Warning for millions of hay fever sufferers as experts say allergy season has started early

Brace yourself hay fever sufferers: the season of sniffles, sore eyes and runny noses is upon us.

The first pollen warning for 2024 has been issued for Britain, weeks earlier than normal.

Normally the trouble starts in late March when the weather warms up, causing the plants to start producing pollen.

But experts say the recent spring-like weather has caused a surge in plant growth, causing an early release of alder pollen.

Dr. Beverley Adams-Groom, lead pollen forecaster at the National Pollen and Aerobiology Research Unit, told MailOnline: ‘Alder pollen started earlier this year due to very mild winter temperatures.

Forecasters have issued their first pollen warning of the year. The hay fever season in Britain normally begins in late March, when the weather starts to warm, causing plants to start producing pollen

The Met Office has not yet launched its annual monitoring forecast for pollen counts because it is too early.  Pictured: The Met Office forecast of June 22, 2023, in which the agency warned of 'very high' pollen levels

The Met Office has not yet launched its annual monitoring forecast for pollen counts because it is too early. Pictured: The Met Office forecast of June 22, 2023, in which the agency warned of ‘very high’ pollen levels

‘It’s not a record, but it started twelve days earlier than average.

‘In terms of severity it has been slightly above average so far, due to some very mild sunny days suitable for spreading pollen in quantities that could cause hay fever.’

However, she noted that as colder weather arrives this week, pollen levels will drop again.

Weekly forecasts published by the University of Worcester also show that pollen produced by hazel, alder and elm trees poses a ‘generally moderate risk’ this week.

Everything you need to know about hay fever

What exactly is hay fever?

Hay fever is an allergic reaction to pollen, a fine powder that comes from plants.

In spring and summer, when the plants bloom, there is more pollen in the air.

The reaction usually occurs when pollen comes into contact with a person’s eyes, nose, mouth or throat.

Symptoms include coughing and sneezing; a runny or stuffy nose; itchy, red or watery eyes; an itchy throat, nose, mouth or ears; headache and fatigue.

Does it get worse every year?

The severity of hay fever depends on the weather.

Wet and rainy conditions wash away the pollen, reducing the number and severity of symptoms experienced by people.

However, in dry weather, the pollen is blown into the air, where it can easily get into the eyes and nose.

The pollen season also appears to be getting longer, with a US study last year showing it extended by 30 days between 1990 and 2018.

When are the symptoms worst?

Hay fever symptoms are usually at their worst around 11am and 6pm, and this is because the pollen is at nose level.

The pollen lies on the ground at the beginning of the day and rises when the grass warms up.

During the day, the pollen then goes very high into the atmosphere.

As temperatures cool during the day, the pollen grains return to the ground and are usually at nose level again by 6 p.m.

Yew pollen, it added, “will cause irritation to some people in the northern regions.”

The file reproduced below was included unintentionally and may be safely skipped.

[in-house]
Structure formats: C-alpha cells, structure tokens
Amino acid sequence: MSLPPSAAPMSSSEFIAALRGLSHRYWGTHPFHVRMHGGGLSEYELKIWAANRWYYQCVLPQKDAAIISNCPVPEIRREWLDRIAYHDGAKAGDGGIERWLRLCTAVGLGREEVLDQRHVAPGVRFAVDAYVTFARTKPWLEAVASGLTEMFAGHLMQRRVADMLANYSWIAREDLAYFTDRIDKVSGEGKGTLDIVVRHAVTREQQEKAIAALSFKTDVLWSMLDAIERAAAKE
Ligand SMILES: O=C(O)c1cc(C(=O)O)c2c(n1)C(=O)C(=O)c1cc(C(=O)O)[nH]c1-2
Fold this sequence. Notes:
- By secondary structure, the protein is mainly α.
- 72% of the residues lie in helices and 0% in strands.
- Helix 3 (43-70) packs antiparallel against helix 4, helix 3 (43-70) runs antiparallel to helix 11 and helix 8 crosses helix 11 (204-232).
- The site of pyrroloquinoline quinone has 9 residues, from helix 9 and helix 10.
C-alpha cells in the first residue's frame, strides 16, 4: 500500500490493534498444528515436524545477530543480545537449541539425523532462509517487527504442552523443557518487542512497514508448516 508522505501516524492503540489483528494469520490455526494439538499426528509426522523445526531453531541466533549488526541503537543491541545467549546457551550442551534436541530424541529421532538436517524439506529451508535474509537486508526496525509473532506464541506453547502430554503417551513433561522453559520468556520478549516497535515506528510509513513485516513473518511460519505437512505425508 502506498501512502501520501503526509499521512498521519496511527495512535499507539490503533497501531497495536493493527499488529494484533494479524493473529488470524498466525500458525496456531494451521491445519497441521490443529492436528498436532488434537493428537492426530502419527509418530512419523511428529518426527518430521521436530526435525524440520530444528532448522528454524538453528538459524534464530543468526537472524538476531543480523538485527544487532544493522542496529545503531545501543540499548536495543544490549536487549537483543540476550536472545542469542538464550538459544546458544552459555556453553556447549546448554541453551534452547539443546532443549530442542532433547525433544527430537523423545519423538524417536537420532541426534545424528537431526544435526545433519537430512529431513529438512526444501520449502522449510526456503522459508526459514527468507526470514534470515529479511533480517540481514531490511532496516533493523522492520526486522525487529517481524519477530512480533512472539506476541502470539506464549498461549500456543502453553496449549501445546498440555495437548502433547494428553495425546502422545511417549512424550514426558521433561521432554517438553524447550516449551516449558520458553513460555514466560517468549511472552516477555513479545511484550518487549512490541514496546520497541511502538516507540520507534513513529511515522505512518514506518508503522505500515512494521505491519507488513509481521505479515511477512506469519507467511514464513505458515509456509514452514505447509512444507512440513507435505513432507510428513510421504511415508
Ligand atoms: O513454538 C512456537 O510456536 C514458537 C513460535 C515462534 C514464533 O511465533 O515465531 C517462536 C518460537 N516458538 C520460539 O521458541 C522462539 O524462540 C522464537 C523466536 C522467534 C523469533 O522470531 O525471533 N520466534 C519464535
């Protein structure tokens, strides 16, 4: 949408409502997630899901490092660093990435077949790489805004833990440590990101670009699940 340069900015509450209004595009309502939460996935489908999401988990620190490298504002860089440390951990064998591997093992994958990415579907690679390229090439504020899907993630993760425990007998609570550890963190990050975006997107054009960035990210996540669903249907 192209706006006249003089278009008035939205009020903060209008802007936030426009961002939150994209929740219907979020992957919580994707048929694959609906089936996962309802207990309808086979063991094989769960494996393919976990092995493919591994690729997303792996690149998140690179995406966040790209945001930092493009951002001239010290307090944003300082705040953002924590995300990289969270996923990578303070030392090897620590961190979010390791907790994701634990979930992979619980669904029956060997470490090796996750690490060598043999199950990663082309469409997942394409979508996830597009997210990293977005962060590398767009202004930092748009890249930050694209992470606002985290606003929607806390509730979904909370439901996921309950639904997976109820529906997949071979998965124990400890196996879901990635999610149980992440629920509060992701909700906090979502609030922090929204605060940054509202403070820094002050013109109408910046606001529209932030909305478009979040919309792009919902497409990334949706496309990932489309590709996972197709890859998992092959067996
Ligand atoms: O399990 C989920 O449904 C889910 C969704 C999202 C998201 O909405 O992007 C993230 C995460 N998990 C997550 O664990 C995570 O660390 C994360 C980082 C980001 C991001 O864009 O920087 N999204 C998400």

Meanwhile, ITV weatherman Chris Page confirmed that ‘mild air’ had ‘kicked off the pollen season early’.

Hay fever is an allergic reaction to pollen – a fine powder that comes from plants such as trees and grass.

Millions of Britons are affected by the disease, leaving them with cold symptoms until the season ends in mid-September.

The symptoms are usually mild, but hay fever can sometimes be dangerous, especially for asthmatics who are at risk of having a dangerous attack caused by their allergic reaction.

Patients are urged to take precautions including taking regular medications, always carrying their inhaler and calling their GP or 911 if their symptoms worsen.

Tree pollen season usually lasts from late March to mid-May, but can vary slightly depending on the weather and where you live.

Trees likely to cause problems include birch, alder, hazel and horse chestnut.

Max Wiseberg, maker of HayMax – an anti-allergy product – said: ‘Birch pollen, one of the worst for hay fever sufferers, will also be released a few weeks earlier.’

Superdrug today announced that sales of allergy products increased by 20 percent in February compared to the same period last year.

Europe has also seen a spike in pollen levels in recent days, with France’s National Network for Aerobiological Surveillance warning of an increase in hazel and alder pollen.

The British hay fever season is split into three sections.

After tree pollen arrives, grass often persists from mid-May to July, while weed pollen continues into September.

Hay fever symptoms are usually at their worst around 11am and 6pm – this is because the pollen is at nose level.

Symptoms begin when immune cells mistakenly identify pollen proteins as a threat and produce antibodies that trigger chemicals called histamine.

These cause the blood vessels to dilate, causing fluid to be released from the capillaries, causing a runny nose, sneezing and watery eyes.

But the NHS says there are things people can do to ease their symptoms when pollen counts are high.

Examples include applying petroleum jelly around your nostrils to catch pollen, wearing sunglasses to prevent pollen from getting into your eyes, and showering and changing after being outside to wash off the pollen.

Around 10 million Britons are believed to be affected by the seasonal sniffles.

But last year there was a rise in the number of people reporting hay fever symptoms, seemingly out of nowhere.

No one knows exactly what was behind this trend, but some experts have suggested that lockdowns and global warming may have accelerated the trend.